12. I don't run from dogs. Since my teenage years, I've been attacked at least nine or ten times. I've been attacked by cougar hounds, chows, german shephards, collies, chihuahuas, and numerous large and furry muts. The only time I've been bitten in an attack was the one time I ran as a missionary to avoid kicking the dog in front of its owner.

13. We have a dog named Jesse that wouldn't attack anyone.

14. We have a cat named Blossom that Cindy picked up despite her being a committed dog person.

15. For as long as I can remember, I've been obsessed with numbers and mathematical operators. If I see a string of numbers, I'll immediately look at it first to see if the entire number is divisible by 9 and if it's not, whether it's divisible by 3. If neither of those are true, I'll work on figuring whether it's a prime number. I do this a lot while I'm doing triathlons - I work the fractions and percentages of the bike and the run as I go. That's part of the reason why I like the Garmin 305 so much - it keeps me occupied.

16. I like to watch TV and I'm not ashamed of it.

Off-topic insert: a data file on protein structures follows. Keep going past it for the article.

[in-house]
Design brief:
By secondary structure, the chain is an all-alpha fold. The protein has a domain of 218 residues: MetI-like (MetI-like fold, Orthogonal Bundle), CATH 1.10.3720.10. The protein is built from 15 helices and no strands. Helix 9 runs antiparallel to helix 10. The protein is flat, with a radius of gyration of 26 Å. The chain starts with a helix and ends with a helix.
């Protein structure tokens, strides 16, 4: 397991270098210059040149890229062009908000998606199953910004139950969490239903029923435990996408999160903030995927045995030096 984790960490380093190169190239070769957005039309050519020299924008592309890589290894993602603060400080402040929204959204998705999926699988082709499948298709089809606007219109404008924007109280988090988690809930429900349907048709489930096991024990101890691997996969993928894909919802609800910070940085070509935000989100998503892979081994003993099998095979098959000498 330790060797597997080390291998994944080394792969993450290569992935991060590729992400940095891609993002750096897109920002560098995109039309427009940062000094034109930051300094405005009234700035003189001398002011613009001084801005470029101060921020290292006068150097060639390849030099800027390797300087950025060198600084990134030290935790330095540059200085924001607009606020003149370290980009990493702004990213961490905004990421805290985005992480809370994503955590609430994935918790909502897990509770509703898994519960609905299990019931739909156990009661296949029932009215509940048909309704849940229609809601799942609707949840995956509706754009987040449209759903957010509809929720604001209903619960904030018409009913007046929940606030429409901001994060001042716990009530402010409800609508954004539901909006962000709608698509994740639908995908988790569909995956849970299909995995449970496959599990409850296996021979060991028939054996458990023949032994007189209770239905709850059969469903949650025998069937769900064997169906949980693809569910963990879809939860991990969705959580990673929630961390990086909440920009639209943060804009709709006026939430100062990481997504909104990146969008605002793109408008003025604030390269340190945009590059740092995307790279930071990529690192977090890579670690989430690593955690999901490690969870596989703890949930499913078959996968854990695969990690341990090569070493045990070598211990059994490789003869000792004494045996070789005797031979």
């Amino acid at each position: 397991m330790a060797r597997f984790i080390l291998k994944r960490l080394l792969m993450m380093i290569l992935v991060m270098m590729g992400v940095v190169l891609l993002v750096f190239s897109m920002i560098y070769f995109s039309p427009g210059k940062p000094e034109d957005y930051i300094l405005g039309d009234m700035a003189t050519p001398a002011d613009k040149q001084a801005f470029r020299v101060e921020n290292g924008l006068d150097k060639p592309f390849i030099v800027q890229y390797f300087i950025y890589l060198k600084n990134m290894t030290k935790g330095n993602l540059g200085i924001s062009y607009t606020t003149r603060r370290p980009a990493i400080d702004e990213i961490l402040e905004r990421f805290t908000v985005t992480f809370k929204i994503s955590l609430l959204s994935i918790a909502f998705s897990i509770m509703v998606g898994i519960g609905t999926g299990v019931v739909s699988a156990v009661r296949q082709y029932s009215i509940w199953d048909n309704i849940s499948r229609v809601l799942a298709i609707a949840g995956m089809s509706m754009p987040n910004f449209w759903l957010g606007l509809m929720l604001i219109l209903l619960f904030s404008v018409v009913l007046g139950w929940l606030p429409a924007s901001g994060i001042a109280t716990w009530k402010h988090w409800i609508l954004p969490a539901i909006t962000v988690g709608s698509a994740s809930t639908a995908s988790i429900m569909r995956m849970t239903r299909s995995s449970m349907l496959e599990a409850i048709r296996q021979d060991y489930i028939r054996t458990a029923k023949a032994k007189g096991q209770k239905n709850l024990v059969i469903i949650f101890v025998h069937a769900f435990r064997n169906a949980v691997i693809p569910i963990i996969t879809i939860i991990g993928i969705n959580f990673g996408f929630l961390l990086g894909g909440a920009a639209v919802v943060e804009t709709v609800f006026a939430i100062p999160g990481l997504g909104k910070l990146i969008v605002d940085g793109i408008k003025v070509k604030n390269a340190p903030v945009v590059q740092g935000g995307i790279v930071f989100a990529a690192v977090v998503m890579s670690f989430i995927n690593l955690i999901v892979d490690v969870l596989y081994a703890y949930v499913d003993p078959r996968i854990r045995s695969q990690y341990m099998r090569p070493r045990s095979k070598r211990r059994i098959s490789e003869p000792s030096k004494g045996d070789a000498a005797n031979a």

17. I don't like to read, and I'm not ashamed of that either. You're not going to hear me saying to myself, "I need to read more." Pass. I choose to be functionally literate.

18. No. 17 doesn't apply to War History Books or Bon Appetit.

19. I've seen Depeche Mode in concert five times.

20. The Cake concert I saw during the 2002 Olympics with Jeremy is the best concert I've ever attended.

21. I can't snowboard for crap. Or ice skate. Or roller skate. Or water ski.

22. I waited tables for one summer at the 'Cedar Pony.' Worst. Job. Ever. Scrubbing toilets for $2.35/hour was a nightmare.

23. I have a phobia of heights. When I was young, standing in a second story building with glass walls was enough to give me vertigo and send me in to panic. I'm a little better now, but not much.